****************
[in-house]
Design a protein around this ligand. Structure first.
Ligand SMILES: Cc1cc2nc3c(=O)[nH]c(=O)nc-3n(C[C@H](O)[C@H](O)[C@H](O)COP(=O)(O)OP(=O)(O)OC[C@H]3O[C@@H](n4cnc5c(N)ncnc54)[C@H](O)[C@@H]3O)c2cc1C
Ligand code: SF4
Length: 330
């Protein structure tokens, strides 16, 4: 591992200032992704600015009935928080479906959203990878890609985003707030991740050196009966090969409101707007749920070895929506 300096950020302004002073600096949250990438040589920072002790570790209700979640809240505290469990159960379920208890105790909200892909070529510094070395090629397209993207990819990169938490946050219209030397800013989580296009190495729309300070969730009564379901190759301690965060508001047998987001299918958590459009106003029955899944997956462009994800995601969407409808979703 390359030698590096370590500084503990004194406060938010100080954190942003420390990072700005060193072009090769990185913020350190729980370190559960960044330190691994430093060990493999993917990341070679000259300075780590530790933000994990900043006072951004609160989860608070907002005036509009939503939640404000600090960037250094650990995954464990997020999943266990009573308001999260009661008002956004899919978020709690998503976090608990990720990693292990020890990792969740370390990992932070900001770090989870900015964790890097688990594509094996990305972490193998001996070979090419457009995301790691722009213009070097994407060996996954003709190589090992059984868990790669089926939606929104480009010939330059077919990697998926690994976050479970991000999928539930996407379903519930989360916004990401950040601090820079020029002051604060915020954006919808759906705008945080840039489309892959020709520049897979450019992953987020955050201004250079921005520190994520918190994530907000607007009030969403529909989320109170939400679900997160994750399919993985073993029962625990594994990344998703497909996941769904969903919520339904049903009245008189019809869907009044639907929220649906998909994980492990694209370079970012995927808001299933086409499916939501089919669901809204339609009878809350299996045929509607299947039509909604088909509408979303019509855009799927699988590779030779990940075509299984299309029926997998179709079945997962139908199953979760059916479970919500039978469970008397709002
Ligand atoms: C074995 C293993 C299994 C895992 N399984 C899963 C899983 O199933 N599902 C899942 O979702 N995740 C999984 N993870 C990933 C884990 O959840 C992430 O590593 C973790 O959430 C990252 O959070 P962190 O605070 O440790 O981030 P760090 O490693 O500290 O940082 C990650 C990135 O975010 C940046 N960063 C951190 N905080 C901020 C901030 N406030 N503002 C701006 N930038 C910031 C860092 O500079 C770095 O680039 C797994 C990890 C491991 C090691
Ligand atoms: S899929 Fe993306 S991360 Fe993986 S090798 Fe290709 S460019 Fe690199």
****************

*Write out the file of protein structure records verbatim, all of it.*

[in-house]
Design a protein around this ligand. Structure first.
Ligand SMILES: Cc1cc2nc3c(=O)[nH]c(=O)nc-3n(C[C@H](O)[C@H](O)[C@H](O)COP(=O)(O)OP(=O)(O)OC[C@H]3O[C@@H](n4cnc5c(N)ncnc54)[C@H](O)[C@@H]3O)c2cc1C
Ligand code: SF4
Length: 330
């Protein structure tokens, strides 16, 4: 591992200032992704600015009935928080479906959203990878890609985003707030991740050196009966090969409101707007749920070895929506 300096950020302004002073600096949250990438040589920072002790570790209700979640809240505290469990159960379920208890105790909200892909070529510094070395090629397209993207990819990169938490946050219209030397800013989580296009190495729309300070969730009564379901190759301690965060508001047998987001299918958590459009106003029955899944997956462009994800995601969407409808979703 390359030698590096370590500084503990004194406060938010100080954190942003420390990072700005060193072009090769990185913020350190729980370190559960960044330190691994430093060990493999993917990341070679000259300075780590530790933000994990900043006072951004609160989860608070907002005036509009939503939640404000600090960037250094650990995954464990997020999943266990009573308001999260009661008002956004899919978020709690998503976090608990990720990693292990020890990792969740370390990992932070900001770090989870900015964790890097688990594509094996990305972490193998001996070979090419457009995301790691722009213009070097994407060996996954003709190589090992059984868990790669089926939606929104480009010939330059077919990697998926690994976050479970991000999928539930996407379903519930989360916004990401950040601090820079020029002051604060915020954006919808759906705008945080840039489309892959020709520049897979450019992953987020955050201004250079921005520190994520918190994530907000607007009030969403529909989320109170939400679900997160994750399919993985073993029962625990594994990344998703497909996941769904969903919520339904049903009245008189019809869907009044639907929220649906998909994980492990694209370079970012995927808001299933086409499916939501089919669901809204339609009878809350299996045929509607299947039509909604088909509408979303019509855009799927699988590779030779990940075509299984299309029926997998179709079945997962139908199953979760059916479970919500039978469970008397709002
Ligand atoms: C074995 C293993 C299994 C895992 N399984 C899963 C899983 O199933 N599902 C899942 O979702 N995740 C999984 N993870 C990933 C884990 O959840 C992430 O590593 C973790 O959430 C990252 O959070 P962190 O605070 O440790 O981030 P760090 O490693 O500290 O940082 C990650 C990135 O975010 C940046 N960063 C951190 N905080 C901020 C901030 N406030 N503002 C701006 N930038 C910031 C860092 O500079 C770095 O680039 C797994 C990890 C491991 C090691
Ligand atoms: S899929 Fe993306 S991360 Fe993986 S090798 Fe290709 S460019 Fe690199």